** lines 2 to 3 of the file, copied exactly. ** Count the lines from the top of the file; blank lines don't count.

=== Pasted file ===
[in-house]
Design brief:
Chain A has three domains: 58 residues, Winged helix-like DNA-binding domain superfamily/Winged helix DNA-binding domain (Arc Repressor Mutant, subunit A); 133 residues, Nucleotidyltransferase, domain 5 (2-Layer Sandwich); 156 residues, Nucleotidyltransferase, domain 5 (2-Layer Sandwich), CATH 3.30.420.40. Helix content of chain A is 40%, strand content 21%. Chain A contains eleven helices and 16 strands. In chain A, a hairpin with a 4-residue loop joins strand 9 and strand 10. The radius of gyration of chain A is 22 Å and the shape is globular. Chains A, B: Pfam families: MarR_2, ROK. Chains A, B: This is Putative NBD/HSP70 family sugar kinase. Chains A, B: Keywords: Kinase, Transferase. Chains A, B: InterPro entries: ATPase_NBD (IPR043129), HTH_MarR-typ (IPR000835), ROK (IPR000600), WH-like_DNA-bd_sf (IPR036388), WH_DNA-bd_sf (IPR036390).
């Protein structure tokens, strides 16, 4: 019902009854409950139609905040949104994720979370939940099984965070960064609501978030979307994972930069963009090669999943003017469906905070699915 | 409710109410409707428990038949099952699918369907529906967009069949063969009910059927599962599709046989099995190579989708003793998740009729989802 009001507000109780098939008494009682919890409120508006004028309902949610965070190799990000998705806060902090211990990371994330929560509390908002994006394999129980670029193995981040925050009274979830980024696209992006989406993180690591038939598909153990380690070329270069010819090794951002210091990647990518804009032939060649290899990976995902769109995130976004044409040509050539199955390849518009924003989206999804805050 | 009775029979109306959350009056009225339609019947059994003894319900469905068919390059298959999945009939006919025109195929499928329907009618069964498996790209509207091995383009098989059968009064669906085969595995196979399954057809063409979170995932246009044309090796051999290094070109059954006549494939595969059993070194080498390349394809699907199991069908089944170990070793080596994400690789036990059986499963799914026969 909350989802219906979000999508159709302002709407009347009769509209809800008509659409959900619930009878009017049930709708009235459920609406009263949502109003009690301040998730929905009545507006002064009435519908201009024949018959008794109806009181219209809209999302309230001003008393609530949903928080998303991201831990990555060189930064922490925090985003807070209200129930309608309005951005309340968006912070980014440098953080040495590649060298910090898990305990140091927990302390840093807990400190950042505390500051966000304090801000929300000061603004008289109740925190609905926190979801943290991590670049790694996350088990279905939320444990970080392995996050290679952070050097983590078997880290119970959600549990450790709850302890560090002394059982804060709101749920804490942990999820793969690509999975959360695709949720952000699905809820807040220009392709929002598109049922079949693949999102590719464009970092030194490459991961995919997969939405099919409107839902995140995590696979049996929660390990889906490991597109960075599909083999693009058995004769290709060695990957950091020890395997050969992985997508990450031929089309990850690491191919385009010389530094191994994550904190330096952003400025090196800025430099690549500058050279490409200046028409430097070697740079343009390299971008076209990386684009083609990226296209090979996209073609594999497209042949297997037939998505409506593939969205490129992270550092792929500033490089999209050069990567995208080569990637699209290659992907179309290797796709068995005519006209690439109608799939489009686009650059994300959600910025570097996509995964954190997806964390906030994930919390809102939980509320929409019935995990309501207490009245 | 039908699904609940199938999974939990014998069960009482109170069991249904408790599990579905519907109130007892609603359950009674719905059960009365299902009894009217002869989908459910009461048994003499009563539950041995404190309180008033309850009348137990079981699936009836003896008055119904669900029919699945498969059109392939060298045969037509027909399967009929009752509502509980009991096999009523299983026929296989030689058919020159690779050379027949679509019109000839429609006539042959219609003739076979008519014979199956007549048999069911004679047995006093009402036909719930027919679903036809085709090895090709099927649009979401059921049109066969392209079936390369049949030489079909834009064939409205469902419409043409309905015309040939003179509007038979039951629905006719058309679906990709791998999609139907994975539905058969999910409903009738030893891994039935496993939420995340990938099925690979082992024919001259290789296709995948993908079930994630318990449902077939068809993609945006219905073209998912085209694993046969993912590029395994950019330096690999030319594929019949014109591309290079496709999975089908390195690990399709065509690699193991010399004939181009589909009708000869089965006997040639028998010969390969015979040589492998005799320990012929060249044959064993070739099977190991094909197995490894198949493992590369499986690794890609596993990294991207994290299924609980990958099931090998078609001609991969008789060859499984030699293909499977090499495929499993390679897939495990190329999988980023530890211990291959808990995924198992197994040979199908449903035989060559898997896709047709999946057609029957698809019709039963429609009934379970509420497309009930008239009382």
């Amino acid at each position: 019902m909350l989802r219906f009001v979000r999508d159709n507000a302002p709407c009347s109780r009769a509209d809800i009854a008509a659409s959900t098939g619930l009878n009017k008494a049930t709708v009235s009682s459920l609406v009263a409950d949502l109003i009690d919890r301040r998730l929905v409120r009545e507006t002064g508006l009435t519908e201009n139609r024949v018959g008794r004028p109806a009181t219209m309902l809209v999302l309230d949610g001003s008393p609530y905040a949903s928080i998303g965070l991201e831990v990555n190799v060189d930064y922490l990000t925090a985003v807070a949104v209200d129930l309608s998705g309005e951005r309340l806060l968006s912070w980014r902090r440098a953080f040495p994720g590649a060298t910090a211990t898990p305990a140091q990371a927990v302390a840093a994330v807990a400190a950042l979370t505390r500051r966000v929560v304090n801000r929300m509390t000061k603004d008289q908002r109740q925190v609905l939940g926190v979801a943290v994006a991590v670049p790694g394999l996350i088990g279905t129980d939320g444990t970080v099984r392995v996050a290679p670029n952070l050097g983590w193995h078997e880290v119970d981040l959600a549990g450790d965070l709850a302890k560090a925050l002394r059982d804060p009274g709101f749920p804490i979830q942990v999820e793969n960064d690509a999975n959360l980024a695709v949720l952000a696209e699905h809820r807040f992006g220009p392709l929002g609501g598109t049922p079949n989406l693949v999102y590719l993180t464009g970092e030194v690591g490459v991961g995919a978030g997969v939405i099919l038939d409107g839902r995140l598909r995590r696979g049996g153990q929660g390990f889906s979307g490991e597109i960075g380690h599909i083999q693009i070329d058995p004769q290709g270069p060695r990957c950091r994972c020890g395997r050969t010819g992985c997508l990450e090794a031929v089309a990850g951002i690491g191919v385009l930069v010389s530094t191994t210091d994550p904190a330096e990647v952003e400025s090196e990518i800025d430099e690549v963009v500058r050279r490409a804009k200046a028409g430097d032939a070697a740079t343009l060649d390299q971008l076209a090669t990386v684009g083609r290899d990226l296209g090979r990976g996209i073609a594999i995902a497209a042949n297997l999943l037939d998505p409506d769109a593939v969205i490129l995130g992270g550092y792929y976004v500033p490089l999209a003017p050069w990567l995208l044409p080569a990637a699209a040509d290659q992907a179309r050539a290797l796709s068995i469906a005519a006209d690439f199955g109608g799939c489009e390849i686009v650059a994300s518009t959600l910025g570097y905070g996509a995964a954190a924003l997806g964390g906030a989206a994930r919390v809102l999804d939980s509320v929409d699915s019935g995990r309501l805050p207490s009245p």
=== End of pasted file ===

Design brief:
Chain A has three domains: 58 residues, Winged helix-like DNA-binding domain superfamily/Winged helix DNA-binding domain (Arc Repressor Mutant, subunit A); 133 residues, Nucleotidyltransferase, domain 5 (2-Layer Sandwich); 156 residues, Nucleotidyltransferase, domain 5 (2-Layer Sandwich), CATH 3.30.420.40. Helix content of chain A is 40%, strand content 21%. Chain A contains eleven helices and 16 strands. In chain A, a hairpin with a 4-residue loop joins strand 9 and strand 10. The radius of gyration of chain A is 22 Å and the shape is globular. Chains A, B: Pfam families: MarR_2, ROK. Chains A, B: This is Putative NBD/HSP70 family sugar kinase. Chains A, B: Keywords: Kinase, Transferase. Chains A, B: InterPro entries: ATPase_NBD (IPR043129), HTH_MarR-typ (IPR000835), ROK (IPR000600), WH-like_DNA-bd_sf (IPR036388), WH_DNA-bd_sf (IPR036390).